For the full story on the politics of Bush-era disaster relief, see:
"FEMA: Florida Election Management Agency."
Posted by: Jon | Sep 6, 2005 12:45:09 PM
Ouch, ouch, ouch, ouch, ouch, etc.
It takes something to shock or further dismay a longtime dyed in the wool cynic (converted at 14 by Richard Nixon). Thanks for the demagoguery and dereliction cocktail!
On the bright side, it's becoming blindingly clear that the Democrats need to find another strategy: Given their current stances it would take decades for them to reach and comfortably operate at the Bush/Rove levels. And how can one win a race to the bottom against someone who's already there?
Posted by: MaryCh | Sep 6, 2005 3:24:18 PM
Great piece; thanks.
Ironically, the simple truth about people that
you distill in your piece is the one that I happen
to be uncomfortable accepting. For most of my
life I have been baffled by rally-to-the-flag
behavior, because in my case I find it extremely
discomforting to accept that masses of my fellow
humans really do behave that way.
Distrust comes naturally, on the other hand.
The only thing I found surprising in Iraq, for
example, was that Hussein had not lied (much)
in his weapons declarations.
To answer the "what do we do" question for the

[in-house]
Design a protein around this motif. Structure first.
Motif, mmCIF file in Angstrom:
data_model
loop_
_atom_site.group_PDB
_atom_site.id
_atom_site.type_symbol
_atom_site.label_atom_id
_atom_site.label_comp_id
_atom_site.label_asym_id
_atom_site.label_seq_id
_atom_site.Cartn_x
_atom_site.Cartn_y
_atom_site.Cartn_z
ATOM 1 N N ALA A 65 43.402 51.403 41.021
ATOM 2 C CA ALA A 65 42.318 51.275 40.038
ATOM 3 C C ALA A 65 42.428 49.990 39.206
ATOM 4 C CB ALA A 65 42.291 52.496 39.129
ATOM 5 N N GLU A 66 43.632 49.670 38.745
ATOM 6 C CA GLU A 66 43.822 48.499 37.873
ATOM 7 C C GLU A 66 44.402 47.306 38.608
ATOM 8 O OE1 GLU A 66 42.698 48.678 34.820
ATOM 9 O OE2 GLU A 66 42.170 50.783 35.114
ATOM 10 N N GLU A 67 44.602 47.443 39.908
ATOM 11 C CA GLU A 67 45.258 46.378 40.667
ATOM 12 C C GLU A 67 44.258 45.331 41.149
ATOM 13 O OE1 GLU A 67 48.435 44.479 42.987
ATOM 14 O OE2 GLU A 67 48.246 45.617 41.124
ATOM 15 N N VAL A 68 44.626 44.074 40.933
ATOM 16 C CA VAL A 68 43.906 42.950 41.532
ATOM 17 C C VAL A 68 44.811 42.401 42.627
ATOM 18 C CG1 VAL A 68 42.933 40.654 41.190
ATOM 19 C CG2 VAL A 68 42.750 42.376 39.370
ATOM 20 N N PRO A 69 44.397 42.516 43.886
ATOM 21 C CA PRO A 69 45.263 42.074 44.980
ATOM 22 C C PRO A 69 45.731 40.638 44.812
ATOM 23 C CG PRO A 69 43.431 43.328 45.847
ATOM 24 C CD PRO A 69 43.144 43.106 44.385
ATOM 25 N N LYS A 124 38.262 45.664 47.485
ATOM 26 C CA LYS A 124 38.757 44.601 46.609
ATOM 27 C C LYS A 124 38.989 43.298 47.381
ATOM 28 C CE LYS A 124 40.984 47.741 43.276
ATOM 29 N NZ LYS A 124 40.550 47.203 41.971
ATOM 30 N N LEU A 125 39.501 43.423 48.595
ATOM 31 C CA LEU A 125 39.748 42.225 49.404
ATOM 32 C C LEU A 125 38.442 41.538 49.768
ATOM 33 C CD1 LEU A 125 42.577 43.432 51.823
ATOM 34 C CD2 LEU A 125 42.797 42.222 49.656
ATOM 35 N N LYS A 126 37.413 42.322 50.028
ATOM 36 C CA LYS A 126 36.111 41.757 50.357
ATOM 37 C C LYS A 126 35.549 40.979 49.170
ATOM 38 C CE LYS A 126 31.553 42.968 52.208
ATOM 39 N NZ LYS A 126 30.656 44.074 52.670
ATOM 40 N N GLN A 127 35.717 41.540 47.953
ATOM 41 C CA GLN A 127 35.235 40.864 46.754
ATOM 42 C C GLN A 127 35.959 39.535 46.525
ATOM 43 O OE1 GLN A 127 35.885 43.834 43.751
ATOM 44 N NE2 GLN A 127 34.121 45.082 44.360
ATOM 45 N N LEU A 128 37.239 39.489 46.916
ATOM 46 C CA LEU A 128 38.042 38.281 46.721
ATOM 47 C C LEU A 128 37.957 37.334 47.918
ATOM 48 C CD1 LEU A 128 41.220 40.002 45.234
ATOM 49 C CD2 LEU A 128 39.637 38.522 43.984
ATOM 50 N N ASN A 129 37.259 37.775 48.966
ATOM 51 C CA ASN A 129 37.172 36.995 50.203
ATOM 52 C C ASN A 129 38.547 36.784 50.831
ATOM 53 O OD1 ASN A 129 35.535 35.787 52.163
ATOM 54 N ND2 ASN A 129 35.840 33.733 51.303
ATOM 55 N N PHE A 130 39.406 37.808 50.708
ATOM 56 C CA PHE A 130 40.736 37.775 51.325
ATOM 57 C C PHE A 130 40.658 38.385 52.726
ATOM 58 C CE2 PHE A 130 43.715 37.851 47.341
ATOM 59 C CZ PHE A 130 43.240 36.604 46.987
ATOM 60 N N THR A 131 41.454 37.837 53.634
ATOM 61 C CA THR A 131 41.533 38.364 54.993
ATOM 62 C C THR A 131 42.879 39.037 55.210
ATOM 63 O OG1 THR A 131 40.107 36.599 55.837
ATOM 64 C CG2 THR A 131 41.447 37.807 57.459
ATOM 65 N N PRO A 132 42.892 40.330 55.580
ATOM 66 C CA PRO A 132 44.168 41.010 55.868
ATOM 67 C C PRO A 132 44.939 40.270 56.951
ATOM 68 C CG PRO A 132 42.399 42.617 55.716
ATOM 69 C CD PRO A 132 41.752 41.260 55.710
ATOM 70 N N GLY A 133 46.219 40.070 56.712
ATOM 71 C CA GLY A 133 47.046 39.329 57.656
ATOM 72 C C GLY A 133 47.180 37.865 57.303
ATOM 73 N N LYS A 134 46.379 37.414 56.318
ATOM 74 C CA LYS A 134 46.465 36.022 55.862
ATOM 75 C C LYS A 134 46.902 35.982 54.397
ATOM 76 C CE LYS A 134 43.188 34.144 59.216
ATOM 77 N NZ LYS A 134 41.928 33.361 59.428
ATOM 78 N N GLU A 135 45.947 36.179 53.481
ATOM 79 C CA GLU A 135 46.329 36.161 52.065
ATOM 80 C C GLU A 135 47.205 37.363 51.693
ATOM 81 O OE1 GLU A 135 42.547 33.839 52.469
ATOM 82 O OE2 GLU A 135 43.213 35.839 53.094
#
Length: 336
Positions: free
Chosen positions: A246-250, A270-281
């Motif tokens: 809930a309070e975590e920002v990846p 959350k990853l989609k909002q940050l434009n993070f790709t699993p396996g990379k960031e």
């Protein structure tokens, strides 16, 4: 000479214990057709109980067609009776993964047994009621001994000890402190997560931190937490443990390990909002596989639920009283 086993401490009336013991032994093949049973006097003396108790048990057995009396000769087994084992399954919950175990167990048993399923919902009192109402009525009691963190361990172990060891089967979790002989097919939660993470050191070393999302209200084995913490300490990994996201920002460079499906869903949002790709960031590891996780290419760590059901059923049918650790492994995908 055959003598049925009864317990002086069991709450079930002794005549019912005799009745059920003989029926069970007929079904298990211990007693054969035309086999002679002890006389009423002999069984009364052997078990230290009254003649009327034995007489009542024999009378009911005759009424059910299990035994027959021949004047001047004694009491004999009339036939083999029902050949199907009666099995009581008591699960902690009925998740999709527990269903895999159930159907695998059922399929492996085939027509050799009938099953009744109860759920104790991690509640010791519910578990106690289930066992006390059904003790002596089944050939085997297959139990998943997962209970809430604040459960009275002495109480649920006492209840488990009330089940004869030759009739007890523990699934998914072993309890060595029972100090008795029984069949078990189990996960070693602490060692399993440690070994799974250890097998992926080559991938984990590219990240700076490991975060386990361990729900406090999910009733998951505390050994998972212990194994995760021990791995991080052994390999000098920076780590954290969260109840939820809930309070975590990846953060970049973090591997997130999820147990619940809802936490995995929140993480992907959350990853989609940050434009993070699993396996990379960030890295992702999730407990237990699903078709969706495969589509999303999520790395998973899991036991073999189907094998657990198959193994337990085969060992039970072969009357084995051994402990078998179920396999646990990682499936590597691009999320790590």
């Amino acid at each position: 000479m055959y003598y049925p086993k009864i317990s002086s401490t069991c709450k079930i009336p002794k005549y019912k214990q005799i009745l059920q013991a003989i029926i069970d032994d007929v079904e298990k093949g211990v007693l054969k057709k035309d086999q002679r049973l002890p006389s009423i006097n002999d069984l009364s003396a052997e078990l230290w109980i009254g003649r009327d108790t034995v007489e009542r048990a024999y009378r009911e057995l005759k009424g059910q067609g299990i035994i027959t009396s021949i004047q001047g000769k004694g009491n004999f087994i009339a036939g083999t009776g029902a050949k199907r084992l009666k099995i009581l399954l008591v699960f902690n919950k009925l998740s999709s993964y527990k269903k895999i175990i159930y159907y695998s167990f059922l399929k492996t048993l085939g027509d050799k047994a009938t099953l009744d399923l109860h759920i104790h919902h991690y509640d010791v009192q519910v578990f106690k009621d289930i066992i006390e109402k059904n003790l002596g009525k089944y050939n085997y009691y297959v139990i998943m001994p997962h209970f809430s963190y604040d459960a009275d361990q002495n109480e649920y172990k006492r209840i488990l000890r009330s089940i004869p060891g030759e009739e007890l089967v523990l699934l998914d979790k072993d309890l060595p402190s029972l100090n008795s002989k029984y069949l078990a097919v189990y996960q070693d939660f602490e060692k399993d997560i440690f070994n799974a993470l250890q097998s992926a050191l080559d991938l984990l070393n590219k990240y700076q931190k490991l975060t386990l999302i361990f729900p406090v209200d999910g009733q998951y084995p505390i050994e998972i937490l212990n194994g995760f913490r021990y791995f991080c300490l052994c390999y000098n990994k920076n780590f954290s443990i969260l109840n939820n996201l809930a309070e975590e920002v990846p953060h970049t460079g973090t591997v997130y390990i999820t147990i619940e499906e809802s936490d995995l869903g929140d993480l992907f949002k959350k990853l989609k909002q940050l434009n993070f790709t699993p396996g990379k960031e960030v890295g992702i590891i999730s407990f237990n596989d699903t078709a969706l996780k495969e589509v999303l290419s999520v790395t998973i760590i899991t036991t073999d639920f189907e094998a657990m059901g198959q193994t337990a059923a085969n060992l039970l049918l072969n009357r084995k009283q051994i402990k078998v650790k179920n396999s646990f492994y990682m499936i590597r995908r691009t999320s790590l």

opposition to Bush's skilled use of mass behavior,
the hope would be to expose his stagecraft for
what it is. If you can make the word "Republican"
mean "incompetent liar" the way "liberal" now does
"pinko commie peacenik," you win.
It is, alas, only a tiny advantage that at the
moment Republicans really are incompetent liars.
Jefferson knew it all along: "Wonderful is the
effect of impudent & persevering lying."
Posted by: wcw | Sep 6, 2005 4:02:11 PM
You went directly to the heart of the matter.
Posted by: Plenty | Sep 6, 2005 10:33:25 PM
What's neglected in such polls all too often is the basic point that a 50/50 split on a two-option answer doesn't mean half of people prefer one versus other. Everybody has to pick one, and the equal split suggests random cluelessness. The electorate is apathetic and doesn't know what to think, is what it means. In terms of the theory of information, all these polls are recording is noise.
Posted by: murky | Sep 7, 2005 12:45:12 AM
Kevin, there's a term for this:
Posted by: Crab Nebula | Sep 7, 2005 10:27:01 AM
Potentially useful sound bite:
"FEMA was better when it was bigger."
Posted by: Chris Phoenix, CRN | Sep 7, 2005 12:36:00 PM
Posted by: Nilda | Sep 8, 2005 4:16:58 PM